Lo! cannon belched their poisonous breath —
And war her red-mouthed trumpet blew,
And wedding morns saw nights of death.
The hand of fate lay heavy then,
For God had cursed the ways of men.

Dark months and years, the storm-cloud swept
Her course across a widowed land
But, lo! the God of battles kept
The nation in his pitying hand.
At last, at last, the burning smoke
Faded before her silent guns,
But louder than her cannon spoke
The shroudless bodies of her sons.
Weep, fading clouds, speak, silent guns,
And honor these, her fallen ones.
Dead was the tempter, dead the past,
And men forgot their burning hate,
For hates and angers cannot last
With men whose foes were good, or great.
Sleep on, ye braves, ye shroudless ones!
Men shall not ask which side ye stood:
Enough, ye were the nation's sons,
And ye are dead, and God is good.
It little recks where men have stood,
When Heav'n forgives, and God is good.

1.

Again the peaceful lilies bloom,
And kiss the graves of friend and foe;
Again, again, the busy loom
Sends its dear music to and fro;

Again the hills are gold and red
With shocks and sheaves on every hand,
For all the fields are harvested,
And there is plenty in the land.
Plenty and peace, for God again
Has smiled and blessed the hands of men.

2.

And now, where once the wigwam stood,
Upon the Schuylkill's banks of green,
Where reddening vines and tangled wood
Hemmed in the fair but dang'rous scene,
Behold! a palace, fit for kings,
Lifts its fair head unto the skies,
And all the land her tribute brings,
And shouts aloud, 'Friends, all, arise,
This day, this hour, this place must be,
Made sacred to men's liberty.'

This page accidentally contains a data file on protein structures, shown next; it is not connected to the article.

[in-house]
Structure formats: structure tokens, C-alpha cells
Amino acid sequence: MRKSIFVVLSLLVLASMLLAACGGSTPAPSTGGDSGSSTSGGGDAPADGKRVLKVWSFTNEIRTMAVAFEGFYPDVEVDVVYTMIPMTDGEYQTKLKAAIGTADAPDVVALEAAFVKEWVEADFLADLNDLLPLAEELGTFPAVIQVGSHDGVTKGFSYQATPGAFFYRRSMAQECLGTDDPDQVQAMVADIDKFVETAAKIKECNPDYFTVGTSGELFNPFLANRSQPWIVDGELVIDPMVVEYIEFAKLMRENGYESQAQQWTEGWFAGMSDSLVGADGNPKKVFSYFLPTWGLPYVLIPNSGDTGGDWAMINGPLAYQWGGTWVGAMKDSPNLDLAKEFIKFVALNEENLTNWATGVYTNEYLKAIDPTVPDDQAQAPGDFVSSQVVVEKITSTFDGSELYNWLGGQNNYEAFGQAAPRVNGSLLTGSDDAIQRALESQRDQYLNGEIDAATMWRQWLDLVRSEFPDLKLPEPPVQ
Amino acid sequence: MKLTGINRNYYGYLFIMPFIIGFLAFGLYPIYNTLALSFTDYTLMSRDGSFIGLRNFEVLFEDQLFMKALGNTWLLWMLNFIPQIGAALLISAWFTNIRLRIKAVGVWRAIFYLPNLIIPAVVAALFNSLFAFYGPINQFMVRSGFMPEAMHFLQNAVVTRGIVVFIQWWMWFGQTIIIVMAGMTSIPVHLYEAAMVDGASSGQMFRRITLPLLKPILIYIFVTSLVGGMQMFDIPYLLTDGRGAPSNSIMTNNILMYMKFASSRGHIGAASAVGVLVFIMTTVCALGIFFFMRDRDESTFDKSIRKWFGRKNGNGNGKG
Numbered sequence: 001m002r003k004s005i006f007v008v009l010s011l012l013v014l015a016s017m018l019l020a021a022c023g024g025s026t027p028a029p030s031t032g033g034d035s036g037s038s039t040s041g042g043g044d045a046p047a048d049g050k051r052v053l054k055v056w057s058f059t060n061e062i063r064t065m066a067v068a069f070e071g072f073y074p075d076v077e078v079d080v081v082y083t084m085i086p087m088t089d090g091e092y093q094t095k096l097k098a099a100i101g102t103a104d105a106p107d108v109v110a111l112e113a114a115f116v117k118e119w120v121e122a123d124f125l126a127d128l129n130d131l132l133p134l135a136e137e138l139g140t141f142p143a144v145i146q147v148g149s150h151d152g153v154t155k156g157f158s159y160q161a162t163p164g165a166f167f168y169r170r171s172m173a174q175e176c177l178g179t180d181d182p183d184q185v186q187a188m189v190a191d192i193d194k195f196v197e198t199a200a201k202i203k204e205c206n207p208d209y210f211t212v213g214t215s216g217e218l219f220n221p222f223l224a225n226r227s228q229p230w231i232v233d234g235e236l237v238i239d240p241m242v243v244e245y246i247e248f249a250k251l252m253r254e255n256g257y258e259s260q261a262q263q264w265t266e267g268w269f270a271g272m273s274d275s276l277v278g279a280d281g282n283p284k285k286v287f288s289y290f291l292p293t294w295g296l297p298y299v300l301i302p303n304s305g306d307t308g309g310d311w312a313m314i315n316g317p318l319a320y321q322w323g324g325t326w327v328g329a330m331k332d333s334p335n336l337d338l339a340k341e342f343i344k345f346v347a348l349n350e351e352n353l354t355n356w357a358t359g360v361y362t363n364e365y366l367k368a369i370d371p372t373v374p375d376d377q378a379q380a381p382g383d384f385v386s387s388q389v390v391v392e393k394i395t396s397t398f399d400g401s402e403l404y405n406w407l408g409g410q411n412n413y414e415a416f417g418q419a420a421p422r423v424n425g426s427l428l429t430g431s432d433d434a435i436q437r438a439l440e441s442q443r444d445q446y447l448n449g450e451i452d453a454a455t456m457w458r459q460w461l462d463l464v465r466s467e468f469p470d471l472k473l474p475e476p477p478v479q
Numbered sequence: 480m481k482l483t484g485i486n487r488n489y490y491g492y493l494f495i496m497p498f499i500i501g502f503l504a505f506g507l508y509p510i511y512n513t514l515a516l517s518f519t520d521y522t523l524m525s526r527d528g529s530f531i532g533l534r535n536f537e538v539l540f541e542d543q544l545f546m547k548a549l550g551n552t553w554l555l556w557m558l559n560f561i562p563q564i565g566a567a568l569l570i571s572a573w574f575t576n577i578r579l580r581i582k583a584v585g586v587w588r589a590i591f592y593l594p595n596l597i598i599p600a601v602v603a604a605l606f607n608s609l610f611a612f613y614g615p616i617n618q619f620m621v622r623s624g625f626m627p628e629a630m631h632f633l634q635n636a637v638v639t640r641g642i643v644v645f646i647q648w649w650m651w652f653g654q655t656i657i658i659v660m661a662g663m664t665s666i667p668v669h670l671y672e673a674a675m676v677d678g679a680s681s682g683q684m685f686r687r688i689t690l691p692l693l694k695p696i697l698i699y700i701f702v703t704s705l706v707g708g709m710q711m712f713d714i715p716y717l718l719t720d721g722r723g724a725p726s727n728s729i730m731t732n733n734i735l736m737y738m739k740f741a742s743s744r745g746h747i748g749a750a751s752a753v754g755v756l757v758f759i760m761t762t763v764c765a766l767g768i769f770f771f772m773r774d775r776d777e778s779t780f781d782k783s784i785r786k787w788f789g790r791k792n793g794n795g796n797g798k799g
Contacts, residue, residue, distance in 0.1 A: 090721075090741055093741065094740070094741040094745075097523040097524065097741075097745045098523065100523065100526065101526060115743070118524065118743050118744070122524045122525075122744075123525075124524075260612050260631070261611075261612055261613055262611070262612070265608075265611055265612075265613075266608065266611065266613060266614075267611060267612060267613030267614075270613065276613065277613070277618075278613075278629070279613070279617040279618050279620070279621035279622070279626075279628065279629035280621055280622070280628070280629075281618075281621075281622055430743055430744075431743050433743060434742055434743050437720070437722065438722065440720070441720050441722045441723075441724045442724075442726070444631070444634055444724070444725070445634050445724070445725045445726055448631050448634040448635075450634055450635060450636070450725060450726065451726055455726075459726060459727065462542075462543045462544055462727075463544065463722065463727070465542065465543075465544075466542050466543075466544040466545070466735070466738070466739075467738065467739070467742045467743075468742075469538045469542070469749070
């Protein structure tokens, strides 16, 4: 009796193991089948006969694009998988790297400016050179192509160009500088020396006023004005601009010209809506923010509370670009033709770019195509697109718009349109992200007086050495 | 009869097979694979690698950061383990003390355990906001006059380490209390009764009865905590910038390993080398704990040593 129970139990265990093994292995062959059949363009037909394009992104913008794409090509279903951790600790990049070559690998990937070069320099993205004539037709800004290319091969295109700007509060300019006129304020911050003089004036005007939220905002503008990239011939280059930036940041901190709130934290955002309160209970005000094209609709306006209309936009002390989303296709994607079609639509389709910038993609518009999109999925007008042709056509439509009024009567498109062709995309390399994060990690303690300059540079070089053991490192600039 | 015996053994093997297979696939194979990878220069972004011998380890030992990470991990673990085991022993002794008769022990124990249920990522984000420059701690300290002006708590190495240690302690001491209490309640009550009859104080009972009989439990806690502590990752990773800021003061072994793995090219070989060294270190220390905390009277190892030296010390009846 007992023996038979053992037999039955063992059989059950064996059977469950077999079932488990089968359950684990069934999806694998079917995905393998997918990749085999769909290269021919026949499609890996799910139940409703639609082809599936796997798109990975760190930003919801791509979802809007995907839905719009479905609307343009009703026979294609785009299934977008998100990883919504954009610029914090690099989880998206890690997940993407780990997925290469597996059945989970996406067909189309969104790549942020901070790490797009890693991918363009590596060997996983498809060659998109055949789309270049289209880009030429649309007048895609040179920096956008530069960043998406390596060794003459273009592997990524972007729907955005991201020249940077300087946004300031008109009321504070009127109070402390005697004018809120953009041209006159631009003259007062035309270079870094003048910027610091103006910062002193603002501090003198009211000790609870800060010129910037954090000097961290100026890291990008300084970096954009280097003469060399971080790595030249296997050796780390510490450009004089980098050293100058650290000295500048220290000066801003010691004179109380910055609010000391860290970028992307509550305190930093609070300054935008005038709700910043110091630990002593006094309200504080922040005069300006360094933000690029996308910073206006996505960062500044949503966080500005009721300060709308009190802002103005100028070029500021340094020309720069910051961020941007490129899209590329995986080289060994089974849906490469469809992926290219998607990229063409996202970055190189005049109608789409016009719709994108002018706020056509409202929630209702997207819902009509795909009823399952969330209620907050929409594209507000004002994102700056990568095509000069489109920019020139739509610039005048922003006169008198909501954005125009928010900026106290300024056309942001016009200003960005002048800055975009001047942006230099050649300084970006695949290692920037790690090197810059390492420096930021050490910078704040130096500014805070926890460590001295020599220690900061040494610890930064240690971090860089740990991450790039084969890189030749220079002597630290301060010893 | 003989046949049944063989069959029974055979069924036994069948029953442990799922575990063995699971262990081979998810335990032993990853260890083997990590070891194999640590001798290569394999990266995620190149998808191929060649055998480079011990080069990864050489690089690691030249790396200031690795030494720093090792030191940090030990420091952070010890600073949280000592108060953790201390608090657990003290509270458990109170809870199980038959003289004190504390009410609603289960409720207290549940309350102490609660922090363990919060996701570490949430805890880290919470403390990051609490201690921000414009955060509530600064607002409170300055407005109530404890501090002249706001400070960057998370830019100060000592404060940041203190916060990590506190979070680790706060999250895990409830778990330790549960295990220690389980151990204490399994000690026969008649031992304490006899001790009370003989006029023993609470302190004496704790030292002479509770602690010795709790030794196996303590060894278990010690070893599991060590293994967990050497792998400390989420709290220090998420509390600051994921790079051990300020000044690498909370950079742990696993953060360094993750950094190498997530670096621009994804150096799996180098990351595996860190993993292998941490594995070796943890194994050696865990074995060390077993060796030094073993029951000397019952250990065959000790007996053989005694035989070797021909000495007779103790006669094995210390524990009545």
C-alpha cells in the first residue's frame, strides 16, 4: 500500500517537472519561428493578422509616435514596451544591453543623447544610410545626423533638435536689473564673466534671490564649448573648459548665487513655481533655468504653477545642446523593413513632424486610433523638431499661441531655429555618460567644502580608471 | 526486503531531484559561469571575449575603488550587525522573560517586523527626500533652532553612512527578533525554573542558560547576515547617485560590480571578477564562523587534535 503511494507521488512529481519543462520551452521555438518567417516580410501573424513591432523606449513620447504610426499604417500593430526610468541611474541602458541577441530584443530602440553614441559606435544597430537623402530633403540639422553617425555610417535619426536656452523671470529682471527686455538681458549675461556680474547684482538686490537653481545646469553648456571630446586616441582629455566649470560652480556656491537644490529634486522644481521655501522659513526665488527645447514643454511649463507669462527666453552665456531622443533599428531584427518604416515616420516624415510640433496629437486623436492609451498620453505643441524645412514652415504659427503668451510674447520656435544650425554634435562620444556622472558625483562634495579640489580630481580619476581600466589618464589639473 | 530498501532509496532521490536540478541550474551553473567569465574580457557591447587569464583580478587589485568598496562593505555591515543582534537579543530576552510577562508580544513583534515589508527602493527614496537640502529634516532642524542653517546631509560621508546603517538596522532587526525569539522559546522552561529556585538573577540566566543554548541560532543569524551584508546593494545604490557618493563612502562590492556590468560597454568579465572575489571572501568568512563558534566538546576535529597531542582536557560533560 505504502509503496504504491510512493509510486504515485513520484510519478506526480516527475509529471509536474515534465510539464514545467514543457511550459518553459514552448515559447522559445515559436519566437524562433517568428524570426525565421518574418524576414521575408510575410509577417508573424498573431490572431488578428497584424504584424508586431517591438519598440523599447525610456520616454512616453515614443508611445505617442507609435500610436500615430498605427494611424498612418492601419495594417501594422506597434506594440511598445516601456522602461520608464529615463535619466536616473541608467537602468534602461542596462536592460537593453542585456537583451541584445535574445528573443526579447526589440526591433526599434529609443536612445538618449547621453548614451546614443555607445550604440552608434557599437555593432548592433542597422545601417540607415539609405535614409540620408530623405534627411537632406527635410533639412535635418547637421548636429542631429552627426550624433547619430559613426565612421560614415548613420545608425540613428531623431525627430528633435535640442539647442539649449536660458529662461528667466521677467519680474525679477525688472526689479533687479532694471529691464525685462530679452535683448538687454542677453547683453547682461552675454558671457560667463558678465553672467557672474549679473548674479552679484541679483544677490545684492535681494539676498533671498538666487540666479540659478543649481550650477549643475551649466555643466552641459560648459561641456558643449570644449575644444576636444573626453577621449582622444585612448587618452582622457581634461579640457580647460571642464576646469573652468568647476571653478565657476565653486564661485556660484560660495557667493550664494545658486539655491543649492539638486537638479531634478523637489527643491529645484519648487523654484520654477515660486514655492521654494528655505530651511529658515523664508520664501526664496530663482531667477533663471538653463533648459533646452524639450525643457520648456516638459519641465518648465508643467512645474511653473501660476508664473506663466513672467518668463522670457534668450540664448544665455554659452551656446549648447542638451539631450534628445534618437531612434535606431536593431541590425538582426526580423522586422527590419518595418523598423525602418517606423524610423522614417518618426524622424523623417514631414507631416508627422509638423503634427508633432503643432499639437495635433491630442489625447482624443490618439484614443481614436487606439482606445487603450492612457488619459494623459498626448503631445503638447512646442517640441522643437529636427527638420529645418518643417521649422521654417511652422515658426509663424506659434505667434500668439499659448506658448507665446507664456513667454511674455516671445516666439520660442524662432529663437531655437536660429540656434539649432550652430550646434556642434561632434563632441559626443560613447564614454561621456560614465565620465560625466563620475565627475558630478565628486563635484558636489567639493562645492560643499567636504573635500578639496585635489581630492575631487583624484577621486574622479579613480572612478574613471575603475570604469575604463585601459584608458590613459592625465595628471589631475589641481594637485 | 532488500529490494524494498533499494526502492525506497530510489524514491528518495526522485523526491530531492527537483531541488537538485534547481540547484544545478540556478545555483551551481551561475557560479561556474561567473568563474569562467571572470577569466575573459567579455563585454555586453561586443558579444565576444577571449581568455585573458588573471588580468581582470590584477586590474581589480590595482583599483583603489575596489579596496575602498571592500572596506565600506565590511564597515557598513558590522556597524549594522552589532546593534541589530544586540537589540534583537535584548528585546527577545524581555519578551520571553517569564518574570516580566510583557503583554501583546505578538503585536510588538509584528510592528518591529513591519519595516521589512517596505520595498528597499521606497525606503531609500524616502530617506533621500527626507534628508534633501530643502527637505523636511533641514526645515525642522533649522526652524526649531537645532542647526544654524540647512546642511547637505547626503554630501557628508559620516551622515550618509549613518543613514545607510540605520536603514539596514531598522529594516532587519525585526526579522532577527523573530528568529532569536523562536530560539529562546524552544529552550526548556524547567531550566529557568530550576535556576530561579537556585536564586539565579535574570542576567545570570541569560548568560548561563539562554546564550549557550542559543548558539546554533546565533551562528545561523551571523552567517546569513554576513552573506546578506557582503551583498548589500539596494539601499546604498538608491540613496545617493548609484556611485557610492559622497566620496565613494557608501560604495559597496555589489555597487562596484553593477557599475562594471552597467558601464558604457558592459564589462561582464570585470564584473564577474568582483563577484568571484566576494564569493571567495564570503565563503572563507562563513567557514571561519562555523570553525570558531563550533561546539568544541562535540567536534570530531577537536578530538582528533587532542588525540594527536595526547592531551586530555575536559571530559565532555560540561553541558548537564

3.

And here, where all have met to see
The earth's united rivalry,
In all that is, or yet may be,
They reached their hands to each, and said,
This is the tribute to our dead,
This is the ring with which we wed
The twice-born bride, Columbia,
And this the oath, new-sworn to thee,
Land of our hopes and destiny.

4.

Again the old time-honored scroll,
Whereon the new world's faith was writ,
Was shown to men, and every soul
Thanked God, and wept, at sight of it.
Thanked God, and wept — it was a sight
Such as men see but once in life.
I saw it then, I saw its birth —
What more can one then want of earth?"

1.

He ceased his music, and the lyre,
Full-toned, fell at the singer's feet:
Gone was the light, the hope, the fire,
Finished the song he sang so sweet.
We bore him to the deck above,
Where soft winds kissed his brow and lip;
In vain, sweet winds, no breath of love
Could wake the poet of the ship.
In freedom's faith his life had passed,
His noblest, sweetest song, his last.

2.

All night our ship sped on its way,
Along a moonlit, starlit sea,
And, when the red sun brought the day,
The sailors shouted "Land," and we
Looked to the west, and, smiling there,
Lay the low hills of Delaware.
Loud boomed the guns, the ship-bells rung,
It Was the land the poet sung.

3.

Land of the West, our Fatherland,
We bow and greet thee, here at sea,
We bare our heads, and meekly stand,
And pray that God in his right hand,
May ever keep thee great, and free.
May ever keep thee great, and when
Th' oppressed shall cry for liberty
Thy stars and stripes shall answer then,
Lo! here all men, all men, are free.